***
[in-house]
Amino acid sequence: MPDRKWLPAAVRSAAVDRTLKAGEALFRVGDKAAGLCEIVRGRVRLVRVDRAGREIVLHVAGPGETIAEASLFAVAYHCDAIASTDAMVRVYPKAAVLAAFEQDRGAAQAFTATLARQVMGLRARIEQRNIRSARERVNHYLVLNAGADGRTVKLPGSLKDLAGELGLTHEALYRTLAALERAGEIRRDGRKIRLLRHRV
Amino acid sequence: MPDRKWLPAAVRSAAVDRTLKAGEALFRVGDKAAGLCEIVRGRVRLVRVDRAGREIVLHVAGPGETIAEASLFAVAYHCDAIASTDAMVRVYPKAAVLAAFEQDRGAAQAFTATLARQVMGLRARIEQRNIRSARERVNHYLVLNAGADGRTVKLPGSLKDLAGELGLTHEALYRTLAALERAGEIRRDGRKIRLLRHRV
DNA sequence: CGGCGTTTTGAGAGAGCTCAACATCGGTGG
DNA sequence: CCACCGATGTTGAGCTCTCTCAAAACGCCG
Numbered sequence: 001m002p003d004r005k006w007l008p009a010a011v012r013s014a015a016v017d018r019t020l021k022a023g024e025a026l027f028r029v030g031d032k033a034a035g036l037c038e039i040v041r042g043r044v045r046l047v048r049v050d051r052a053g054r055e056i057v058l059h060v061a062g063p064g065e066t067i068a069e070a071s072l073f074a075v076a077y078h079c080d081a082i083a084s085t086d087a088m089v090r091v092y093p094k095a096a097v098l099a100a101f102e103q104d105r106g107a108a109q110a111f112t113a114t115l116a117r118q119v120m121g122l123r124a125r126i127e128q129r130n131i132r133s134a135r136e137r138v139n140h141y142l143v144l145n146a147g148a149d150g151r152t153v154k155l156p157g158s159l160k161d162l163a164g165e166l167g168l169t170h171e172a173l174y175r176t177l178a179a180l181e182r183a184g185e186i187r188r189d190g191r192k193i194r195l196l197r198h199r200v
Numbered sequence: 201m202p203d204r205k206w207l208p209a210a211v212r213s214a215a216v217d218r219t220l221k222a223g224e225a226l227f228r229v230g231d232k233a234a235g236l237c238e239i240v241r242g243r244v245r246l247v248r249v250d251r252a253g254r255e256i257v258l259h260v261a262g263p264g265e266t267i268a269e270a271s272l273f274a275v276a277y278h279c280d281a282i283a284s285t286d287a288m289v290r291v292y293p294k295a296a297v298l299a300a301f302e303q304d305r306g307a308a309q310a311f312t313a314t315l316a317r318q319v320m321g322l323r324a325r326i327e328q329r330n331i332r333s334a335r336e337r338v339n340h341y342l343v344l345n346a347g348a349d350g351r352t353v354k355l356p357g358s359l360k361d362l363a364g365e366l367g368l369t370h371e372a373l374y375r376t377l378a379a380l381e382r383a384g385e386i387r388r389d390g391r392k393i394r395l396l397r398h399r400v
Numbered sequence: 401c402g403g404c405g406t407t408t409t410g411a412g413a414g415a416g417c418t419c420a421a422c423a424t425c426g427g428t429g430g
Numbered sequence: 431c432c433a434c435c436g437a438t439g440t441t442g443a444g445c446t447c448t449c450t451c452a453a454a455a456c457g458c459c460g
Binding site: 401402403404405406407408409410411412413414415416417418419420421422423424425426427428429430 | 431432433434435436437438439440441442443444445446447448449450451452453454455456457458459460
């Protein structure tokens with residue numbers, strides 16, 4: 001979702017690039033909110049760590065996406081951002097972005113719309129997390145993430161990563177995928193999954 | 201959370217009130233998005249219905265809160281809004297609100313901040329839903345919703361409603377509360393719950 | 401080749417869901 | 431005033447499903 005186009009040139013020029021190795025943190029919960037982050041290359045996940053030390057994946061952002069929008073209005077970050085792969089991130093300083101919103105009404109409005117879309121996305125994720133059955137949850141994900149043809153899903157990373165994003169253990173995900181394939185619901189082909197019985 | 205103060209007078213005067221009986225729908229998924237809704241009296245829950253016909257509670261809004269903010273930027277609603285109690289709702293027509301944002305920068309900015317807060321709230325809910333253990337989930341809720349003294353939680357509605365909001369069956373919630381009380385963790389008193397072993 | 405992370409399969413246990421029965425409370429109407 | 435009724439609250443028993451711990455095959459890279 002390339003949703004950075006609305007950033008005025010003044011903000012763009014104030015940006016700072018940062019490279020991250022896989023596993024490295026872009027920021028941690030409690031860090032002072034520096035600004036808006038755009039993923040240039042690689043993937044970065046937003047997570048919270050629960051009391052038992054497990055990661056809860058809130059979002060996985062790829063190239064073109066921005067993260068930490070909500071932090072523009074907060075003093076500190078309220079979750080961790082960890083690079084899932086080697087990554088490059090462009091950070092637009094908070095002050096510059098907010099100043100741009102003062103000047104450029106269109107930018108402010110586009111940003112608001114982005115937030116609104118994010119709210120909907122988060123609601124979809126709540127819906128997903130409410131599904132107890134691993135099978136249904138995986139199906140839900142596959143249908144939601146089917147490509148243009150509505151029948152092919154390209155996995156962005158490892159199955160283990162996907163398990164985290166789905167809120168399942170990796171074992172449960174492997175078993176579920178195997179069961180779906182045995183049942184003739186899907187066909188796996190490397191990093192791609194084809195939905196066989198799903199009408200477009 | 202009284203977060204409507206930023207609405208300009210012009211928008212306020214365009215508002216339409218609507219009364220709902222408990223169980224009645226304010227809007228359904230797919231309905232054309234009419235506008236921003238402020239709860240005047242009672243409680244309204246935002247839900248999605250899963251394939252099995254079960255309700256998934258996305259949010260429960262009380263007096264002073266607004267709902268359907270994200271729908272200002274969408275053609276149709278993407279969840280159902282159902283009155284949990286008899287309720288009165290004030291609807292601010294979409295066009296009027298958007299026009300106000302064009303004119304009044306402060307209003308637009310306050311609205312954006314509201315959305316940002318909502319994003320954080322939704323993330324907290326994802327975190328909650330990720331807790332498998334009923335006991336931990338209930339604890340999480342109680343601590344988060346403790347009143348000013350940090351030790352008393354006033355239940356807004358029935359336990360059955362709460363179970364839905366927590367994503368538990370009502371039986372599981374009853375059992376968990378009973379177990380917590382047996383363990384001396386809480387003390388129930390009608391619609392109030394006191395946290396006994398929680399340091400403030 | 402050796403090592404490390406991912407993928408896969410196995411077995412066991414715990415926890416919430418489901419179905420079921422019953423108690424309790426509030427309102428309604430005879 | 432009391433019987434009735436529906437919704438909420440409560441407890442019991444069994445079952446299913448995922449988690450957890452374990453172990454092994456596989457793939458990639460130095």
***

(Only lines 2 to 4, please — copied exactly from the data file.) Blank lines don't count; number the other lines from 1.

Amino acid sequence: MPDRKWLPAAVRSAAVDRTLKAGEALFRVGDKAAGLCEIVRGRVRLVRVDRAGREIVLHVAGPGETIAEASLFAVAYHCDAIASTDAMVRVYPKAAVLAAFEQDRGAAQAFTATLARQVMGLRARIEQRNIRSARERVNHYLVLNAGADGRTVKLPGSLKDLAGELGLTHEALYRTLAALERAGEIRRDGRKIRLLRHRV
Amino acid sequence: MPDRKWLPAAVRSAAVDRTLKAGEALFRVGDKAAGLCEIVRGRVRLVRVDRAGREIVLHVAGPGETIAEASLFAVAYHCDAIASTDAMVRVYPKAAVLAAFEQDRGAAQAFTATLARQVMGLRARIEQRNIRSARERVNHYLVLNAGADGRTVKLPGSLKDLAGELGLTHEALYRTLAALERAGEIRRDGRKIRLLRHRV
DNA sequence: CGGCGTTTTGAGAGAGCTCAACATCGGTGG